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NEW YORK — Father knows best.
This story first appeared in the January 10, 2003 issue of WWD. Subscribe Today.
At least coif-master Oscar Blandi thinks so, as he turned to good old dad to test whether his new hair care line would pass muster. Blandi, who operates the Oscar Blandi salon in the Plaza Hotel, reportedly received flying colors on the new line from his father, an old-school hairstylist, chemist and owner of three salons in Naples, where Blandi spent the holidays.
His dad chose the new Crema shampoo and balm for chemically treated hair to test on Blandi’s mom. After applying the balm, he let it sit, then rinsed with cold water. Blandi senior ran his fingers along the hair and saw that the product didn’t slip off. “That’s a good sign,” Blandi noted, who admitted he breathed a sigh of relief when his dad gave the thumbs-up. “He comes from where things don’t go on technology, they either work or don’t.”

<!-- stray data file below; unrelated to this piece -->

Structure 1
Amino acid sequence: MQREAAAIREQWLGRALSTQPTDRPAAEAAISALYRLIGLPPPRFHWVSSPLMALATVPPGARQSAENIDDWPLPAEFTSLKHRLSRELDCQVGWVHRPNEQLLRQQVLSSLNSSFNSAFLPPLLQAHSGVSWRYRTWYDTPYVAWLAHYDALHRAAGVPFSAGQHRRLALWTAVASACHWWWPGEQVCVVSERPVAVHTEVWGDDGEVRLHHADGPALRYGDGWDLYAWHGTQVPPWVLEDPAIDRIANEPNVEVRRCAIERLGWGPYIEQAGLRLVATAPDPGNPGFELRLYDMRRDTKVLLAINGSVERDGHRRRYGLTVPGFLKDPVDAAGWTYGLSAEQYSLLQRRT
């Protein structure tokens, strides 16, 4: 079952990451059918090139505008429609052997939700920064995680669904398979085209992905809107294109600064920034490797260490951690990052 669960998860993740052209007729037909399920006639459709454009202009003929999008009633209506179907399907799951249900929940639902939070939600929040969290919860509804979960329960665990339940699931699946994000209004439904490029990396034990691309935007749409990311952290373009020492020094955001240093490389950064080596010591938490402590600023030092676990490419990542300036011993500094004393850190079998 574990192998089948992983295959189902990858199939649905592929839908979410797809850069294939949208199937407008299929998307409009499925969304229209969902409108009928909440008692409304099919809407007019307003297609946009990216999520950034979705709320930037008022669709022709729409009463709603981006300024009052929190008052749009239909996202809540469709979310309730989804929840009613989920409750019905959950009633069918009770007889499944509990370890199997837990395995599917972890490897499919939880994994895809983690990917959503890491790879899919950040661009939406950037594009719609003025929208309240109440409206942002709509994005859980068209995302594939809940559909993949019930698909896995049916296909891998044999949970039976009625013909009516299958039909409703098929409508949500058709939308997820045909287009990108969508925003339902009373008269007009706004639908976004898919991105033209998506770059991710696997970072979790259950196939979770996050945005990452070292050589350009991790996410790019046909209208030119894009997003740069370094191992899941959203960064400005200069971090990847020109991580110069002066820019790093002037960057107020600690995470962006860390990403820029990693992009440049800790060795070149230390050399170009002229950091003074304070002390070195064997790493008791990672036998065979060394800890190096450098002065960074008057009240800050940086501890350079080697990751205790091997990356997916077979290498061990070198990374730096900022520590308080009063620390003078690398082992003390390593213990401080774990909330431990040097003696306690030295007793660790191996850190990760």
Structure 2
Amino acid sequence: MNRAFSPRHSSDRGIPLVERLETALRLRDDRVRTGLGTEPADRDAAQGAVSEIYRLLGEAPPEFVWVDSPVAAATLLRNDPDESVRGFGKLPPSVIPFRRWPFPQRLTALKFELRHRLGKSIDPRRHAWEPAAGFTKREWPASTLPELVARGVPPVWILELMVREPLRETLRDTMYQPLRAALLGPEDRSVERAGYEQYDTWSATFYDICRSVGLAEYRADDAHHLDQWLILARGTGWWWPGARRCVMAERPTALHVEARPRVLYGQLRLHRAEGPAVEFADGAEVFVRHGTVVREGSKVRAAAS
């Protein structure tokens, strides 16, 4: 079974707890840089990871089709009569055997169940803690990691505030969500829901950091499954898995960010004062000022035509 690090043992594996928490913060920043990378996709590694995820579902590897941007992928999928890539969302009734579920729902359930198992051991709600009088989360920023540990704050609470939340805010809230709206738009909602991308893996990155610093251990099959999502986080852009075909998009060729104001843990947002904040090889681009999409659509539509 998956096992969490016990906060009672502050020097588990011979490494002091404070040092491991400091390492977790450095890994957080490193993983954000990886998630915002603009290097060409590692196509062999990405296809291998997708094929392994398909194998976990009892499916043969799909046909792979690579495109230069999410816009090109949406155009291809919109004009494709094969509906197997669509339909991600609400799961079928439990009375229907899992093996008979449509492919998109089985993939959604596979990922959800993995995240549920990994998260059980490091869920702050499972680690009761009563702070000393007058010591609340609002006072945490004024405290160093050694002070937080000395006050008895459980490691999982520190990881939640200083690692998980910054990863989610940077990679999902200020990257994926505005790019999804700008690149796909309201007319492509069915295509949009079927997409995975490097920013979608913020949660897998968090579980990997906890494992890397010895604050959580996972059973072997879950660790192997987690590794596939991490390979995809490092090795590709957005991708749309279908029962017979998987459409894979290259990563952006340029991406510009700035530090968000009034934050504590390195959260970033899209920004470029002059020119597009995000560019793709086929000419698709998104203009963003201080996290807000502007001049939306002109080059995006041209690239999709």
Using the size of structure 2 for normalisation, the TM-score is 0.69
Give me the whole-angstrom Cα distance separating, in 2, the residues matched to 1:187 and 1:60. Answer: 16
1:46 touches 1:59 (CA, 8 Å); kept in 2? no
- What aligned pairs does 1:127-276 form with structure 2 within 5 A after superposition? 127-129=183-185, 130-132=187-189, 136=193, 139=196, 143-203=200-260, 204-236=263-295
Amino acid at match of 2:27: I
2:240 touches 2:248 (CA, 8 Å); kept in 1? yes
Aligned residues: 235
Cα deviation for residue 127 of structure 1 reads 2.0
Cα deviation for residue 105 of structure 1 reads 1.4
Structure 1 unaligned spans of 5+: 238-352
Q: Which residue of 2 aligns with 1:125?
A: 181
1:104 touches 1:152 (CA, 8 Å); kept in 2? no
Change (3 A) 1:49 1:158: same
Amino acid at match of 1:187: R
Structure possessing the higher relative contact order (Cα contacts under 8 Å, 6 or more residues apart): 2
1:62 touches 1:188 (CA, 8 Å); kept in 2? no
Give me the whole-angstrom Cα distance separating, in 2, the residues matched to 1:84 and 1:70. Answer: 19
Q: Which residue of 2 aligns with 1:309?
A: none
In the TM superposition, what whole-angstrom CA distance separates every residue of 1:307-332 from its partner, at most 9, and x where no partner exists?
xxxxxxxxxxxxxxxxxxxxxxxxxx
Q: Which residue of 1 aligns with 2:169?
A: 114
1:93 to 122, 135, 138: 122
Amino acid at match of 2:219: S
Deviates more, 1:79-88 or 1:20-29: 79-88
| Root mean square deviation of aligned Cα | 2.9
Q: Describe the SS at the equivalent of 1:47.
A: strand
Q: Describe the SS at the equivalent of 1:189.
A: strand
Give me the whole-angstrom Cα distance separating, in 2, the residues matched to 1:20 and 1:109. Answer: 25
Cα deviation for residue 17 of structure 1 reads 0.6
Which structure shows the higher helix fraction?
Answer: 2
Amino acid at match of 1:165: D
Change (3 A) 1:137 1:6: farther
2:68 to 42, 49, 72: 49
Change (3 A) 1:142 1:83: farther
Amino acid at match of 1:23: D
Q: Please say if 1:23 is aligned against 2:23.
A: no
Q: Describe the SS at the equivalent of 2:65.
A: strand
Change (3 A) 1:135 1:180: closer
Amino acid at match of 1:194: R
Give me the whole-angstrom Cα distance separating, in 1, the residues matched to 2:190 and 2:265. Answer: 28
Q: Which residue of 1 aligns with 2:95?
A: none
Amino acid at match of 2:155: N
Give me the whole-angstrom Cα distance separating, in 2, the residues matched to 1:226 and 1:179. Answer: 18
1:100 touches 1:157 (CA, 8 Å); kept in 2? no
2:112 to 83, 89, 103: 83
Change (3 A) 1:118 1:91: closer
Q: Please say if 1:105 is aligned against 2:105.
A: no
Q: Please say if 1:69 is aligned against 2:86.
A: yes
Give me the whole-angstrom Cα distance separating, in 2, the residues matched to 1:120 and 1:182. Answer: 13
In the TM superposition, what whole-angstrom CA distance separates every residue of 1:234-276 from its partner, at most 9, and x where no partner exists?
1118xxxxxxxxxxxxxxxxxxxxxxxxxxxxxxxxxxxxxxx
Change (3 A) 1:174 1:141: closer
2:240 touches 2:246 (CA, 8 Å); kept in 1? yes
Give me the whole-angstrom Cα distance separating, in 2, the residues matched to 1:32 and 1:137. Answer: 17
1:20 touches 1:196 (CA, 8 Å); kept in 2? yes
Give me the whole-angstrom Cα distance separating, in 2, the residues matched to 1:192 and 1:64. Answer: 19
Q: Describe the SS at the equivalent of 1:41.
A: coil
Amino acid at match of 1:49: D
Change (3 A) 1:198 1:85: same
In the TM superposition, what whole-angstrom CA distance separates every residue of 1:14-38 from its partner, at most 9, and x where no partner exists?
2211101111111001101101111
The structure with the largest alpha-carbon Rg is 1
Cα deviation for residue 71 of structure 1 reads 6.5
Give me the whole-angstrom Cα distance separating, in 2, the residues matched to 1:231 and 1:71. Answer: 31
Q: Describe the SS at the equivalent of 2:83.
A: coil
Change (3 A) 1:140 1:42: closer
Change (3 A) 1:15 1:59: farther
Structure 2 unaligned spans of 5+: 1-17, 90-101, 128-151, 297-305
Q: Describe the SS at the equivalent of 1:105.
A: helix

Oscar Blandi hair care consists of two shampoos, two conditioners and two styling products. Pura shampoo and hair balm is designed for normal to dry hair and uses wheat protein as a key moisturizer. Crema shampoo and balm is designed for chemically treated hair and features sea algae. Curl Acception, designed to add body, and No Gravity, a heavy-duty volumizing spray, are the new styling products. Prices begin at $18 for shampoos and styling products, and go to $20 for the balm. Blandi’s year-old product, Fango Earth Mud mask, is still available at Barneys New York in Manhattan and retails for $24.
Product development for the hair care line has taken between three and four years. Blandi became interested in creating his own line after serving as a spokesperson and creative consultant on brands such as L’Oréal’s Kerastase, Zotos’ Bain de Terre, Senscience and Iso Multiplicity, as well as several Wella brands.
Blandi intends to keep the line tight, as well as distribution, at least for now. Barneys New York in Manhattan and in Beverly Hills have committed to buying the regimen, which begins shipping next week.
“I don’t want to fight John Frieda’s Frizz-Ease or Paul Mitchell’s Straightening Balm. This line was made for my salon and for my customers,” Blandi said.